The 2010 Deepwater Horizon (DWH) spill in the Gulf of Mexico was the largest accidental release of oil into the ocean, with approximately 210 million gallons gushing from the blown out well. In an attempt to prevent vast quantities of oil from fouling beaches and marshes, BP applied 1.84 million gallons of chemical dispersant to oil released in the subsurface and to oil slicks at the sea surface. The dispersant was thought to rapidly degrade in the environment.
The National Academies are pleased to announce the 2015 session of the Christine Mirzayan Science & Technology Policy Graduate Fellowship Program.
The National Ocean Sciences Bowl® (NOSB) is revamping its competition question writing process and is looking to hire science question writers during the summer of 2014 to write questions for our 2015 competitions.
New research from University of Miami (UM) Rosenstiel School of Marine and Atmospheric Science suggests that physical conditions at the air-sea interface, where the ocean and atmosphere meet, is a key component to improve forecast models. The study offers a new method to aid in storm intensity prediction of hurricanes.
Science outreach efforts often take time, even seasons, to bear fruit. But with patience and planning, a multi-year mentoring effort with scientists from Tulane University and Louisiana State University (LSU) has sparked a cycle of learning and development.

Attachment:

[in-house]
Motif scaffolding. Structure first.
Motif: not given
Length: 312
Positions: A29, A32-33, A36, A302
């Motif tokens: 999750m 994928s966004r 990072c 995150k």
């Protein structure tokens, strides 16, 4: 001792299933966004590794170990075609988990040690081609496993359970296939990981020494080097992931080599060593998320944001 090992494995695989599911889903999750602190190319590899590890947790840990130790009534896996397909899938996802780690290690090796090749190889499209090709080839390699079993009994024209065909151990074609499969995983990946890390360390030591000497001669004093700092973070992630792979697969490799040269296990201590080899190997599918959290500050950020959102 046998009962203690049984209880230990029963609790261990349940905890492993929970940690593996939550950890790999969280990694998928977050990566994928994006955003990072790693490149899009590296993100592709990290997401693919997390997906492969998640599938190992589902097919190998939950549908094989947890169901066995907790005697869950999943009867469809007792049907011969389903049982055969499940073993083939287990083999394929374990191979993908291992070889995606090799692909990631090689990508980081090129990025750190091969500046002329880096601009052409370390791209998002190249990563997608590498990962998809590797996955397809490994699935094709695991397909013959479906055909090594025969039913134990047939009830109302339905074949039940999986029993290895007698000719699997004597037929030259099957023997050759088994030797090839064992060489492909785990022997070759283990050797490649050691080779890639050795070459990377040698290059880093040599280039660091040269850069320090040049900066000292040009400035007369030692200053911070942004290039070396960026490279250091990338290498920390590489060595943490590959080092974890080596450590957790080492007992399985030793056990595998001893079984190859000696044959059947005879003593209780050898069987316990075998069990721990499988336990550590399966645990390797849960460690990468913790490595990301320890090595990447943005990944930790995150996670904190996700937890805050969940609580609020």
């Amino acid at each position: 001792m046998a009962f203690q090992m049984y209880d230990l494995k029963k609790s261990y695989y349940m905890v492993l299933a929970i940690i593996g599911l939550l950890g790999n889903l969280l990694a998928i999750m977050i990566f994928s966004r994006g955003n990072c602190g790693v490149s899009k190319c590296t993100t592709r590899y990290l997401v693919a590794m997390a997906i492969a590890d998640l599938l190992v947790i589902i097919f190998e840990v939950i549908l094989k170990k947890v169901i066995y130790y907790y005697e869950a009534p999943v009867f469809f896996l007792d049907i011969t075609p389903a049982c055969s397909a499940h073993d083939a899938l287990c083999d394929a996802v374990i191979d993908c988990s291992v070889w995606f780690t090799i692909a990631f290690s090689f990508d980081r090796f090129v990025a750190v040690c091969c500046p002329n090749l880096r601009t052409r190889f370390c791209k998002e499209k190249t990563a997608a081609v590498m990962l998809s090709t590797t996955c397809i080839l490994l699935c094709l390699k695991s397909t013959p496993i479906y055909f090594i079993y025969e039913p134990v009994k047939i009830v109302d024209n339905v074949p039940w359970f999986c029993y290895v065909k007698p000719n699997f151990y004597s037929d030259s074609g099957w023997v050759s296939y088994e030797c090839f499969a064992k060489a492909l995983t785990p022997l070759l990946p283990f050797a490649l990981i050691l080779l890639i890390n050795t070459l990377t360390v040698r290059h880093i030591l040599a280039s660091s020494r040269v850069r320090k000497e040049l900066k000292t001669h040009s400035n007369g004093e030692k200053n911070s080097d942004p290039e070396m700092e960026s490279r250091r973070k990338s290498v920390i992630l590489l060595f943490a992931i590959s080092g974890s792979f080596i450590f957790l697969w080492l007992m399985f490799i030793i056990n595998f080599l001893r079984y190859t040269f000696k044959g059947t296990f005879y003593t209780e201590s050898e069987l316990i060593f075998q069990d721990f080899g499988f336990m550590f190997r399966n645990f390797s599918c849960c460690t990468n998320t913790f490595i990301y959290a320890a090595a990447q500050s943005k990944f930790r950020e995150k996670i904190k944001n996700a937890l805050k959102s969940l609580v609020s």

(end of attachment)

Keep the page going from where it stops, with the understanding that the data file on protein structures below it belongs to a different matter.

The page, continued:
Study: Dispersant, UV Radiation Increase Oil Spill Impacts on Zooplankton but Food Web Interactions may Reduce Them
Researchers from the University of Texas Marine Science Institute, including students from California and China, assessed impacts of crude oil, dispersant, and natural phenomena on zooplankton from the Gulf of Mexico.
Kait Frasier listens to Gulf marine mammals to estimate how many there are and find out if their numbers are changing after the Deepwater Horizon oil spill. Kait sees dolphins as a good species to study because “everyone can see and understand them, not just scientists.”
The Smithsonian Ocean Portal posted a guest blog by Patrick Schwing about GoMRI-funded research. Schwing is a postdoctoral researcher at the University of South Florida, College of Marine Science, and member of the C-IMAGE and Deep-C consortia.
Susan Snyder’s experiences researching fish bile have shown her an overwhelming truth: to solve complex problems, one simply cannot work alone.
Scientists from the University of West Florida found that Coquina clams could be used to detect biologically available oil in Florida surf zones.